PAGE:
Building for a Nature-Oriented Spirituality : a gathering for the cross-quarters
Author(s)Pollack, Scott R. (Scott Robert)
Massachusetts Institute of Technology. Dept. of Architecture.
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This thesis is a proposal for a way of building for a Nature-Oriented Spirituality. It begins an exploration into what a community might look like for people who see the land and the seasons as the generators of life. This process requires that the link between belief and physical form be made explicit and what this implies about the places that we make and inhabit. The project is a Ritual Community, a home and gathering place for the EarthSpirit Community. EarthSpirit is a New England based organization of individuals and groups whose beliefs are based generally on pre-Judeo / Christian myths and traditions, especially those of northern Europe and the British Isles. It is a spiritual construct quite different than that of the society at large, with profound implications both for the social and built environment. Since the late Middle Ages the practice of these beliefs has been out of necessity secretive and underground. Therefore there is no modern and little historical built precedence from which to start. The development of an attitude about both the landscape and how to place buildings within it is the central issue of this thesis. Rather than being prescriptive, an attitude provides guidance in how to approach the design and building processes without requiring use of a specific "style" of constructional system. By attuning the attitude toward physical form with the general attitudes and beliefs of a community, the outcome of the building process should provide an appropriate environment for that communitie's life and activities. The basic Pagan and Wiccan beliefs are an understanding and abstraction of Nature and the cycles of the seasons. Building a community for Pagans and Witches implies that appropriate attitudes can be found in understanding how the landscape behaves and using that understanding as the basis for building. Since the community accepts the physical character of the Universe as real and important, it is that which we can experience in the world that should guide how we integrate ourselves into Nature. We too are part of nature, not outside of it, and so part of building is finding a balance between the willful act of changing the environment to support us and allowing the land to continue on with its own business of fertility, growth, decline and death. The narrative character of shared symbols and geometries also have a place in the making of the built environment, their purpose to tell a story, to provide specific associations with the beliefs of the community. Where the narrative character of the building is it's most important feature, such as in the Ritual Building, these will come into use directly. In general. however, it is what we learn from the landscape which will generate an appropriate building method.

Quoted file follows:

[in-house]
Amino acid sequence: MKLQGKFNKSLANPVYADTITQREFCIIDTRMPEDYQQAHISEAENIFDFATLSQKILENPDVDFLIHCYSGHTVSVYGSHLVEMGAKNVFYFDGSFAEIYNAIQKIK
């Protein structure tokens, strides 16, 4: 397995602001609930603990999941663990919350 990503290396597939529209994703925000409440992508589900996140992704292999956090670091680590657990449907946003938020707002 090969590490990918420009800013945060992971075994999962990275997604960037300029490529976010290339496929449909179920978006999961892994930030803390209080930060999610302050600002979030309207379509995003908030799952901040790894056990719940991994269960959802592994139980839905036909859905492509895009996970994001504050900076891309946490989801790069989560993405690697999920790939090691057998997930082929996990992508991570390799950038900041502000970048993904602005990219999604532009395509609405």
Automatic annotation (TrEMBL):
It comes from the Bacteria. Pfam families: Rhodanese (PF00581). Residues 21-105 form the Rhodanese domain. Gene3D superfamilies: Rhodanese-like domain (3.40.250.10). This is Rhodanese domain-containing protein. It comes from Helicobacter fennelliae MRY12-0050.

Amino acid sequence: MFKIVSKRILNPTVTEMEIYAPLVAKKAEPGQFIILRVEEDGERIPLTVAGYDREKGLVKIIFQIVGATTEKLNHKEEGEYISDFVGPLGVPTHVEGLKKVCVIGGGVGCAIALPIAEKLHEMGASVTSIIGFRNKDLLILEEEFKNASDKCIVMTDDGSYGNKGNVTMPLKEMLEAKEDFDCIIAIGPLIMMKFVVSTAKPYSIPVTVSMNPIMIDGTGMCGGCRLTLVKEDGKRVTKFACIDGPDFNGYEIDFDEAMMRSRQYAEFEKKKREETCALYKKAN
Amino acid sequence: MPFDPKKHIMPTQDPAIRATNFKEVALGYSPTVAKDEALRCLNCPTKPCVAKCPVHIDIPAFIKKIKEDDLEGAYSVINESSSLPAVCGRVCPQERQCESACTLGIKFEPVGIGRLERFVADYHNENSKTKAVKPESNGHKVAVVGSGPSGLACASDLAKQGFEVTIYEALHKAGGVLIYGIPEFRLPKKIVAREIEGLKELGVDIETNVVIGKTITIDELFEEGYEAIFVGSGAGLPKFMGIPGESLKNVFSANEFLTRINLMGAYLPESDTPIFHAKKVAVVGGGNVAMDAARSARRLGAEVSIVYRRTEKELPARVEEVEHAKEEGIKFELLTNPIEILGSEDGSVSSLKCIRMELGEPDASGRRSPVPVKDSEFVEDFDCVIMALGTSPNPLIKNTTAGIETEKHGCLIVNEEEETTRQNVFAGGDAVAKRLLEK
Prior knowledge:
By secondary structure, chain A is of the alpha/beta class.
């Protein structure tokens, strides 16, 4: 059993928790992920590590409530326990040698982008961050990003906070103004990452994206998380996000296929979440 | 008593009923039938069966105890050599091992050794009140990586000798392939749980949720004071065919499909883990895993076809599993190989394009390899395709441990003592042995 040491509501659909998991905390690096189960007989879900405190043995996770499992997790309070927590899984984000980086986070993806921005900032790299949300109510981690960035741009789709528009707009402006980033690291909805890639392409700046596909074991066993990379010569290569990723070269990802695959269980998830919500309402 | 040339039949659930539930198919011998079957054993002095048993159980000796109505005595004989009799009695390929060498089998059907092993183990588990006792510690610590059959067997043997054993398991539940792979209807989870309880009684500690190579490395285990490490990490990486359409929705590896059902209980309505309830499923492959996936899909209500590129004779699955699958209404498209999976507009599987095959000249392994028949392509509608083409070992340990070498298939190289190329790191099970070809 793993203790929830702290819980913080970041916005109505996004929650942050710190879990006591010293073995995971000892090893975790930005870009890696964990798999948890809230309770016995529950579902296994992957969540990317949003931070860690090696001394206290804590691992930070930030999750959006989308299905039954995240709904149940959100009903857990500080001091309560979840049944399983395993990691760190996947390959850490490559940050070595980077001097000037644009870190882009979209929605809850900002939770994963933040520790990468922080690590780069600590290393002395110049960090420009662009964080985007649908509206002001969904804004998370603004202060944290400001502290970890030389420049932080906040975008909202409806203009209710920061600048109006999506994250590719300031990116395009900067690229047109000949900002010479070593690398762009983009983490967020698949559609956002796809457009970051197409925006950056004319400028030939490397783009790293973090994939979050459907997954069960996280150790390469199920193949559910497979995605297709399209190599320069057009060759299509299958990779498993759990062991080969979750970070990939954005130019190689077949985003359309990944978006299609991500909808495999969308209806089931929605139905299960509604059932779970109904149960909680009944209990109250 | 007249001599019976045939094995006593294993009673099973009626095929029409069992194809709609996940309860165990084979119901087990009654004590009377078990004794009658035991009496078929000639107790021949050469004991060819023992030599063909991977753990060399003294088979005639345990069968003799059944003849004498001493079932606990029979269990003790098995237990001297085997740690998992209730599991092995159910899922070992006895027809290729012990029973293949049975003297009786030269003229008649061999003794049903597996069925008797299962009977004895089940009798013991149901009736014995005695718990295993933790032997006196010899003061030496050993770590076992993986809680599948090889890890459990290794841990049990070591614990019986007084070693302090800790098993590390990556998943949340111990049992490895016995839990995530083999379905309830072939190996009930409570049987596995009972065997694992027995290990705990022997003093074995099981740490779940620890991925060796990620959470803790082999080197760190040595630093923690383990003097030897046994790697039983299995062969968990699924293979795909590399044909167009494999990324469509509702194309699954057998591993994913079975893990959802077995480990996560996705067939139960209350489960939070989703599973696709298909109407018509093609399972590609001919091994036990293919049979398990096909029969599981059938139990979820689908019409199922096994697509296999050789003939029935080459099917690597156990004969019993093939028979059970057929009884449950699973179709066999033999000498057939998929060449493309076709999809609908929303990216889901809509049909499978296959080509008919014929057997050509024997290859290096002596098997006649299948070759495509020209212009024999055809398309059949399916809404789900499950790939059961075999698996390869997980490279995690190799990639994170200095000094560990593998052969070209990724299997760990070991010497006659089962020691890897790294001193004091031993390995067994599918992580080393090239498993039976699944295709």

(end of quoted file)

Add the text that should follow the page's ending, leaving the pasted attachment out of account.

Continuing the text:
Thesis (M. Arch.)--Massachusetts Institute of Technology, Dept. of Architecture, 1991.Includes bibliographical references (p. 81-82).
DepartmentMassachusetts Institute of Technology. Department of Architecture
Massachusetts Institute of Technology